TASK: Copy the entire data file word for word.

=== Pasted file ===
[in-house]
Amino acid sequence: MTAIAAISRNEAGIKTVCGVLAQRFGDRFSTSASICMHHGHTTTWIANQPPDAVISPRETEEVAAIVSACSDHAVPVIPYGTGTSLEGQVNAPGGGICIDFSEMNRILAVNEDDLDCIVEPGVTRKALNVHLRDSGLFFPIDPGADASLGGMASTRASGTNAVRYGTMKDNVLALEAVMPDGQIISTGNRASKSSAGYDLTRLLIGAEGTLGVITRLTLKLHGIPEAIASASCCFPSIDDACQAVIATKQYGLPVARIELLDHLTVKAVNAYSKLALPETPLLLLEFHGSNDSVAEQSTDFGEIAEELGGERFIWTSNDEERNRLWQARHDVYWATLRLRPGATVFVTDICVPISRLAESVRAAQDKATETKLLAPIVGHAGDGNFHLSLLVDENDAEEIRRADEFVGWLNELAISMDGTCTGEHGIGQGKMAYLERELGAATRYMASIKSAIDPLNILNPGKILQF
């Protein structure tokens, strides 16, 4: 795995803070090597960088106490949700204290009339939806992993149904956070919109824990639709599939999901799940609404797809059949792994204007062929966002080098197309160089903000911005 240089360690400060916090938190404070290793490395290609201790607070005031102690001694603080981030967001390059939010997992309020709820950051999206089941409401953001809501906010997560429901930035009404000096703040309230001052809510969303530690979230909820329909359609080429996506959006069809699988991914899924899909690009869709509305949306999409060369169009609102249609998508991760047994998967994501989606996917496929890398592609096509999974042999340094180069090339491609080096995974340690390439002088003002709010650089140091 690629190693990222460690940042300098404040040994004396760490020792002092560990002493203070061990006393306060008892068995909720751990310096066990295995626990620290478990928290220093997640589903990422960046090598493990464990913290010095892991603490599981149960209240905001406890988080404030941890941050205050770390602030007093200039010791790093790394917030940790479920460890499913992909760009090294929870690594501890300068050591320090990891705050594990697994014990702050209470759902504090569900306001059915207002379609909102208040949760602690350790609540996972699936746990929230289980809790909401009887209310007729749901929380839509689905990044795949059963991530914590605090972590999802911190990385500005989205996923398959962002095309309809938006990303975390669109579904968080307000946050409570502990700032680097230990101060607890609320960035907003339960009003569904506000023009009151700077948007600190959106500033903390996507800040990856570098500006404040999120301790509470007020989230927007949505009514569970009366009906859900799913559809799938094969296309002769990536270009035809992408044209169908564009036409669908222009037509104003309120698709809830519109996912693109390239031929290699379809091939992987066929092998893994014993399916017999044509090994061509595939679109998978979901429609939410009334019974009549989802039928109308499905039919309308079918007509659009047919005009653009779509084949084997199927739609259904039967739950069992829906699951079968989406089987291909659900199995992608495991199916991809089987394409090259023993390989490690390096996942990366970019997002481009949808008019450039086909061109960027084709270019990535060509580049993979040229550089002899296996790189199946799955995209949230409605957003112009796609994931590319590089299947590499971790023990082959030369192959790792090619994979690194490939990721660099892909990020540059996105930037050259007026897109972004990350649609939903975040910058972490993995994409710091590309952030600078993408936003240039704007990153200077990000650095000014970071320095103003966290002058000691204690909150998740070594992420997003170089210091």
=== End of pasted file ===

[in-house]
Amino acid sequence: MTAIAAISRNEAGIKTVCGVLAQRFGDRFSTSASICMHHGHTTTWIANQPPDAVISPRETEEVAAIVSACSDHAVPVIPYGTGTSLEGQVNAPGGGICIDFSEMNRILAVNEDDLDCIVEPGVTRKALNVHLRDSGLFFPIDPGADASLGGMASTRASGTNAVRYGTMKDNVLALEAVMPDGQIISTGNRASKSSAGYDLTRLLIGAEGTLGVITRLTLKLHGIPEAIASASCCFPSIDDACQAVIATKQYGLPVARIELLDHLTVKAVNAYSKLALPETPLLLLEFHGSNDSVAEQSTDFGEIAEELGGERFIWTSNDEERNRLWQARHDVYWATLRLRPGATVFVTDICVPISRLAESVRAAQDKATETKLLAPIVGHAGDGNFHLSLLVDENDAEEIRRADEFVGWLNELAISMDGTCTGEHGIGQGKMAYLERELGAATRYMASIKSAIDPLNILNPGKILQF
């Protein structure tokens, strides 16, 4: 795995803070090597960088106490949700204290009339939806992993149904956070919109824990639709599939999901799940609404797809059949792994204007062929966002080098197309160089903000911005 240089360690400060916090938190404070290793490395290609201790607070005031102690001694603080981030967001390059939010997992309020709820950051999206089941409401953001809501906010997560429901930035009404000096703040309230001052809510969303530690979230909820329909359609080429996506959006069809699988991914899924899909690009869709509305949306999409060369169009609102249609998508991760047994998967994501989606996917496929890398592609096509999974042999340094180069090339491609080096995974340690390439002088003002709010650089140091 690629190693990222460690940042300098404040040994004396760490020792002092560990002493203070061990006393306060008892068995909720751990310096066990295995626990620290478990928290220093997640589903990422960046090598493990464990913290010095892991603490599981149960209240905001406890988080404030941890941050205050770390602030007093200039010791790093790394917030940790479920460890499913992909760009090294929870690594501890300068050591320090990891705050594990697994014990702050209470759902504090569900306001059915207002379609909102208040949760602690350790609540996972699936746990929230289980809790909401009887209310007729749901929380839509689905990044795949059963991530914590605090972590999802911190990385500005989205996923398959962002095309309809938006990303975390669109579904968080307000946050409570502990700032680097230990101060607890609320960035907003339960009003569904506000023009009151700077948007600190959106500033903390996507800040990856570098500006404040999120301790509470007020989230927007949505009514569970009366009906859900799913559809799938094969296309002769990536270009035809992408044209169908564009036409669908222009037509104003309120698709809830519109996912693109390239031929290699379809091939992987066929092998893994014993399916017999044509090994061509595939679109998978979901429609939410009334019974009549989802039928109308499905039919309308079918007509659009047919005009653009779509084949084997199927739609259904039967739950069992829906699951079968989406089987291909659900199995992608495991199916991809089987394409090259023993390989490690390096996942990366970019997002481009949808008019450039086909061109960027084709270019990535060509580049993979040229550089002899296996790189199946799955995209949230409605957003112009796609994931590319590089299947590499971790023990082959030369192959790792090619994979690194490939990721660099892909990020540059996105930037050259007026897109972004990350649609939903975040910058972490993995994409710091590309952030600078993408936003240039704007990153200077990000650095000014970071320095103003966290002058000691204690909150998740070594992420997003170089210091």